I've read fantasy books where I was totally immersed into the author's created world. I accepted it as real, because the author made me believe it. It was as real as my own world. I've also read fantasy books where I couldn't suspend my disbelief. The author was trying to get me into another world, but instead, I was watching the story from the outside, from the world I live in.
The difference between believable and not-so-believable fantasy is hard to pin down. There is a fine line between the two, and sometimes readers will disagree on what is believable and what isn't.
How, then, can you create a fantasy world that is just as real as Earth? How can you convince readers to put aside their disbelief?
(Oh, and in case you're wondering, "suspension of disbelief" refers to the reader putting aside their thoughts of "Yeah, that isn't possible" in order to enjoy a story.)
The trick to fantasy is that you have to make it more believable than the real world. That's the paradox of it. When you write a, say, contemporary romance novel, you don't have to convince readers that your novel's world is real. They'll simply accept that. In fantasy, though, you have to work for it.
You do this by "iceberging". It's a weird verb because I made it up. I don't know how else to phrase it. Ever heard of Hemingway's "iceberg theory"? It's like that. You write what is on the surface, but underneath there is a virtual mountain of things that are left unsaid but are still part of the story and the meaning.
From the way I see it, fantasy is the same way. You have to know your fantasy world inside and out if you ever want it to seem real. You have to know everything--big picture things, as well as smaller details. You amass countless bits of information about it in your head.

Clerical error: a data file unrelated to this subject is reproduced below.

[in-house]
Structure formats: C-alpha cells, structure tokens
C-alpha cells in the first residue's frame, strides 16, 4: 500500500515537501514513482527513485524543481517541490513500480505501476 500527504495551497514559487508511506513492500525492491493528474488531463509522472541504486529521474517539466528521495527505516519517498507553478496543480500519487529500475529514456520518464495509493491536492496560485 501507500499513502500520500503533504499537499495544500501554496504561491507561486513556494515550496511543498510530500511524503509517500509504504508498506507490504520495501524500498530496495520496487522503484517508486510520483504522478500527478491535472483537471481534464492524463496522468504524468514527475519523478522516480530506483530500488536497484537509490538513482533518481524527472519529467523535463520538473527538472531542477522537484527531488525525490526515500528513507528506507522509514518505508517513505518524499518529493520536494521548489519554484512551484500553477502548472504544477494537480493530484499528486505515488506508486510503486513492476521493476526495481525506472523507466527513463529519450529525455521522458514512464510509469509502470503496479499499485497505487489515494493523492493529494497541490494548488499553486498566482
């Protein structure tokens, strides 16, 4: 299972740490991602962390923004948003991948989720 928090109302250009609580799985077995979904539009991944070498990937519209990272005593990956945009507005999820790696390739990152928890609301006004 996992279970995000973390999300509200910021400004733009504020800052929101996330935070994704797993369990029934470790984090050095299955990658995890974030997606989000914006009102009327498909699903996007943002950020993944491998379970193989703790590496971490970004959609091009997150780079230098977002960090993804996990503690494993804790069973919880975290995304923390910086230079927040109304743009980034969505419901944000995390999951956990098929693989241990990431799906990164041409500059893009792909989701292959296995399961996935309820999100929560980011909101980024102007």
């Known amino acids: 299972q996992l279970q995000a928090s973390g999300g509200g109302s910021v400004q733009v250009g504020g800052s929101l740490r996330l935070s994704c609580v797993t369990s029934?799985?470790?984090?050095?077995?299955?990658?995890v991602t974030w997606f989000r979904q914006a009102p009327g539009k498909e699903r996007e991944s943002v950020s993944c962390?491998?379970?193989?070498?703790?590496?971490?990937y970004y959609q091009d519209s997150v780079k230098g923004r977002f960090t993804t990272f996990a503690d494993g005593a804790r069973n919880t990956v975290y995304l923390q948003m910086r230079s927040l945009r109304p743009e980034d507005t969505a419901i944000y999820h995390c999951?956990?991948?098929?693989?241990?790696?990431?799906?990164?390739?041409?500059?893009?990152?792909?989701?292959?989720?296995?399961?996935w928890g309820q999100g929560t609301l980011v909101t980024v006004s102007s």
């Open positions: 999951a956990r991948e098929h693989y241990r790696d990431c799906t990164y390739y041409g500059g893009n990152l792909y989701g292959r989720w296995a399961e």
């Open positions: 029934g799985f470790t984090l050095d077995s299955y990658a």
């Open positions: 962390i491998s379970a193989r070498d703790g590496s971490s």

And then you don't use most of it. Think about it. If you use every single setting detail in your story, readers are going to be so bogged down with endless description that you won't have room for the actual story. No one wants to read every little thing about your setting.
You have to find a balance. Big-picture elements of your setting (i.e. kingdom A has a hundred-year-long feud with kingdom B) definitely need to come through. But you also need details. Details are what truly make your setting come to life.
If you intersperse details throughout your story without adding too many, it's like the tip of the iceberg. Readers won't get to know every single detail about your setting, but they'll get the feeling that this world is real and fleshed out. If done right, they won't feel like they've been dropped onto an alien plant with no help whatsoever.
In summary: Know everything you can about your setting, but don't use it all. Scatter details throughout, because details bring things to life and will create the impression that your world is real. But don't overdo it!